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Class B boys: Arnett's win an emotional one of Tyler Tune, father

Tyler Tune was at his best when Arnett needed him most Saturday, helping his team dig out of a 21-point hole.
by Jenni Carlson Published: March 2, 2013

Allen Tune opened his arms and wrapped his son Tyler in a bear hug.

Together, they laughed and smiled and celebrated.

You have to understand — neither the coach father nor the star son show emotion on the basketball court. Stone faced, they are. So to be so jubilant on the State Fair Arena court was fairly out of character.

Then again, you don't win a high school state title every day.

Arnett and the Tunes did just that Saturday night, beating Coyle 71-60 and staking their claim as the best in Class B.

“That's all I wanted through my high school career was to win one with my dad,” Tyler said.

On a day when winning a state championship was sweet regardless of the circumstances, this one was just a little more sugary.

It started out sour. Arnett found itself in a 21-point hole early in the second quarter. Everything that Coyle did was working. Working the ball inside. Shooting from deep. Getting out in transition. Arnett had no answer for any of it.

Worse, Tune wasn't scoring.

The 6-foot-2 junior is Arnett's leading scorer, pouring in nearly 27 points a game, but in the first half, he missed jumpers and layups and even free throws. He had eight points at halftime, but if Arnett was going to make a game of it, the Wildcats needed more.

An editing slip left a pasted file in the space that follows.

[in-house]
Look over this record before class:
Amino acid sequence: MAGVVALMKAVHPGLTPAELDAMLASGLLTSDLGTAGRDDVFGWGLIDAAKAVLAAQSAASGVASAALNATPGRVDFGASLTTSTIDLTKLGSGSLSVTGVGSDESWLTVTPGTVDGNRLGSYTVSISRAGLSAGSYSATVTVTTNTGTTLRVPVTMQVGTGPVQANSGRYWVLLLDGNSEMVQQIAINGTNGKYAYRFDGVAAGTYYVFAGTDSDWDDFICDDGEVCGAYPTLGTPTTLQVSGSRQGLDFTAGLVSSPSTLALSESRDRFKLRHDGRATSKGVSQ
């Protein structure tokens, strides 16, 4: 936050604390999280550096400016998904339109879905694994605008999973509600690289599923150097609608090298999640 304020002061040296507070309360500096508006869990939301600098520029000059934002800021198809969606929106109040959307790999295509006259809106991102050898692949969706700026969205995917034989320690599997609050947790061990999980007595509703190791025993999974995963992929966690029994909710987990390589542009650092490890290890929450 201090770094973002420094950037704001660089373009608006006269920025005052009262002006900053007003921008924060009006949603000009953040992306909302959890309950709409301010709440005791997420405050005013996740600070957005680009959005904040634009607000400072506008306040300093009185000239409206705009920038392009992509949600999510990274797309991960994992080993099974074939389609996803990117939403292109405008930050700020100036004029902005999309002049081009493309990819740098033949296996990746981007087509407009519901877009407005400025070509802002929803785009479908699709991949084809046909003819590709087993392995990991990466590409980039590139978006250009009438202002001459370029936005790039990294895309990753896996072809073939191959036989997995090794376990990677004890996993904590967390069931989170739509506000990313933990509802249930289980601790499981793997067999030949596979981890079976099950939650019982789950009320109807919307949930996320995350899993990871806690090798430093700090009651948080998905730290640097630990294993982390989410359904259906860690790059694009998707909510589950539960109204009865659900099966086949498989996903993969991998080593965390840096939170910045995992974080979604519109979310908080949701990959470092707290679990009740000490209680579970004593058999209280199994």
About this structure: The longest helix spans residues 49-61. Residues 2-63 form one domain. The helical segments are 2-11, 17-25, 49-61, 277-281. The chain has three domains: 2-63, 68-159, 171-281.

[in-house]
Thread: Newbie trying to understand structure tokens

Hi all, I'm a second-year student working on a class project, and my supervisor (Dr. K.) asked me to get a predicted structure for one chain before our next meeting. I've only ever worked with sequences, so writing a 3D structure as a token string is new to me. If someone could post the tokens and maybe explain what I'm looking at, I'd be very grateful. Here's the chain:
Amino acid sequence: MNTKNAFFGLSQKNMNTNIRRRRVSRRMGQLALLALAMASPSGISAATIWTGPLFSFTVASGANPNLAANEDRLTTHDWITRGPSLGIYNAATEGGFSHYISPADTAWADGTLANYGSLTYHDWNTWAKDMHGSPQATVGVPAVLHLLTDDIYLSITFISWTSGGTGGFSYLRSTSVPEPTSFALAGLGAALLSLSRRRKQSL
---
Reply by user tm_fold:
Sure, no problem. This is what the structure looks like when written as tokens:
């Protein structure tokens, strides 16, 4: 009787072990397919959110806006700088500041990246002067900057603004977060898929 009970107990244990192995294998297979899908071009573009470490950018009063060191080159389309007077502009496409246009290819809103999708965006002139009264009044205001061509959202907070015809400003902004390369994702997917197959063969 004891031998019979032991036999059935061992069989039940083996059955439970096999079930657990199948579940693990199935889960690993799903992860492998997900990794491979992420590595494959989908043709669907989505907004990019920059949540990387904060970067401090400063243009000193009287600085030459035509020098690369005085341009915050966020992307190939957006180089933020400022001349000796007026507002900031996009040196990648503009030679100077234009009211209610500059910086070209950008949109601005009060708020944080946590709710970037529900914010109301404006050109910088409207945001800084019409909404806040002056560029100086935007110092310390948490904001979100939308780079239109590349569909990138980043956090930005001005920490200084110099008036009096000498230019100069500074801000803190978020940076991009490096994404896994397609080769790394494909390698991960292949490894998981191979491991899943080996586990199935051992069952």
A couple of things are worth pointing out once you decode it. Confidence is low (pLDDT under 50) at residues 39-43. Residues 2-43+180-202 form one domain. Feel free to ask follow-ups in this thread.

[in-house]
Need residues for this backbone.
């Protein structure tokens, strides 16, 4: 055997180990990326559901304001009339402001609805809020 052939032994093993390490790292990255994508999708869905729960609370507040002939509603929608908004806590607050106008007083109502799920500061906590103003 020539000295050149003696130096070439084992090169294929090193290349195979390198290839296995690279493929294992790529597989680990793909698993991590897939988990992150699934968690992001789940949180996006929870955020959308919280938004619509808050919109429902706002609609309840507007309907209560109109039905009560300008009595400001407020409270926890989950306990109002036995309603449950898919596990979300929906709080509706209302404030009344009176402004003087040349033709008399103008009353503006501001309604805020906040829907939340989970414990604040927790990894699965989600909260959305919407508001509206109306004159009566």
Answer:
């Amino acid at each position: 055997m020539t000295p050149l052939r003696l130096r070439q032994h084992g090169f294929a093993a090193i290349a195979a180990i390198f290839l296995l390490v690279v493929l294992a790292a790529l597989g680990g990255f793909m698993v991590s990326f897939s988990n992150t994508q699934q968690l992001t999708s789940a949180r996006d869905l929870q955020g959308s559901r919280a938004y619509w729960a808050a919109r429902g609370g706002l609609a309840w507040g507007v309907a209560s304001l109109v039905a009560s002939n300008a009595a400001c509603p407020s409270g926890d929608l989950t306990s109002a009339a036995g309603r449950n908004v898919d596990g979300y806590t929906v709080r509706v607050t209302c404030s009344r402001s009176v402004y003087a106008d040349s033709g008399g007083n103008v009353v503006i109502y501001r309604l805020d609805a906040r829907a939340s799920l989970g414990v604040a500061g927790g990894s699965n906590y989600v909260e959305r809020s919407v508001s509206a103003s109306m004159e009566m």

In the second half, he gave it to them.

Tune scored 31 points after halftime, and most of them came when he had four fouls. He picked up his fourth midway through the third quarter, a scary flashback to last year's title game when Arnett got in foul trouble, never recovered and got blown out by Forgan.

“You've got to stay in there,” the father told the son. “If they score, they score.”

Tyler never picked up another foul, but he didn't exactly pack it in defensively. He took two charges after picking up No. 4.

Had those calls gone the other way, it's safe to say this game would've gone the other way. How else to weigh how important Tune was?

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by Jenni Carlson
Jenni Carlson, a sports columnist at The Oklahoman since 1999, came by her love of sports honestly. She grew up in a sports-loving family in Kansas. Her dad coached baseball and did color commentary on the radio for the high school football...
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